Professor Grant Bigg and his team from the University of Sheffield’s Department of Geography have conducted pioneering research on giant icebergs and high levels of phytoplankton growth, and the subsequental decrease in global warming.
Giant icebergs are responsible for storing up to 20 per cent of carbon in the Southern Ocean, a new study has found.
The melting water from the icebergs contained iron and other nutrients, which was realized to be useful in supporting the increase in phytoplankton growth. This phenomenon is known as carbon sequestration, and aids in long-term storing of atmospheric carbon dioxide for long periods of time, which, helps in slowing down global warming.
The researchers examined 175 satellite images of ocean color, an indicator of phytoplankton productivity on the surface of the ocean, from a selection of icebergs which were at least 18 km in length, and on the Southern Ocean. The images, taken between 2003 and 2013, revealed an increase in phytoplankton growth, which has a direct influence on the storage of carbon in the ocean, extends hundreds of kilometers from the giant icebergs, and remains intact for about a month after the icebergs have moved.
This new analysis reveals that giant icebergs may play a major role in the Southern Ocean carbon cycle. We detected substantially enhanced chlorophyll levels, typically over a radius of at least 4-10 times the iceberg’s length. The evidence suggests that assuming carbon export increases by a factor of five-10 over the area of influence and up to a fifth of the Southern Ocean’s downward carbon flux originates with giant iceberg fertilization. If giant iceberg calving increases this century as expected, this negative feedback on the carbon cycle may become more important than we previously thought.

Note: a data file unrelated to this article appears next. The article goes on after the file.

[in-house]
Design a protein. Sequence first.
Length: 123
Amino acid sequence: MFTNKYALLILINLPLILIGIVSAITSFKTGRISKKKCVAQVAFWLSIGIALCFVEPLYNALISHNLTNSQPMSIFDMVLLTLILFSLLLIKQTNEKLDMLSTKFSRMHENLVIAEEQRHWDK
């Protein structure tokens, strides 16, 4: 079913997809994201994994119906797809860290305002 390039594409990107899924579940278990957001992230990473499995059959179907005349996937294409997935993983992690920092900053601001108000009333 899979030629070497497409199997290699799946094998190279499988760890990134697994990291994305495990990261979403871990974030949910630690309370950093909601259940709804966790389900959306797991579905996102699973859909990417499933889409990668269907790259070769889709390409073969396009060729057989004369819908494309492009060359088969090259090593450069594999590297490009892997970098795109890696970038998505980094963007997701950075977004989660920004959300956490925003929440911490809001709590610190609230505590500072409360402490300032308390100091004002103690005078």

Professor Grant Bigg
The Southern Ocean plays a significant role in the carbon cycle worldwide. It is accountable for an estimated 10 per cent of the total carbon sequestration in the ocean through a blend of chemical and biologically driven processes, this includes phytoplankton growth.
Former studies have considered that ocean fertilization from icebergs do not greatly affect the phytoplankton’s uptake of carbon dioxide. Though this current research shows that the melting water from icebergs is accountable for nearly 20 per cent of the carbon concealed in the Southern Ocean.
This research paper was published in the January issue of Nature Geoscience.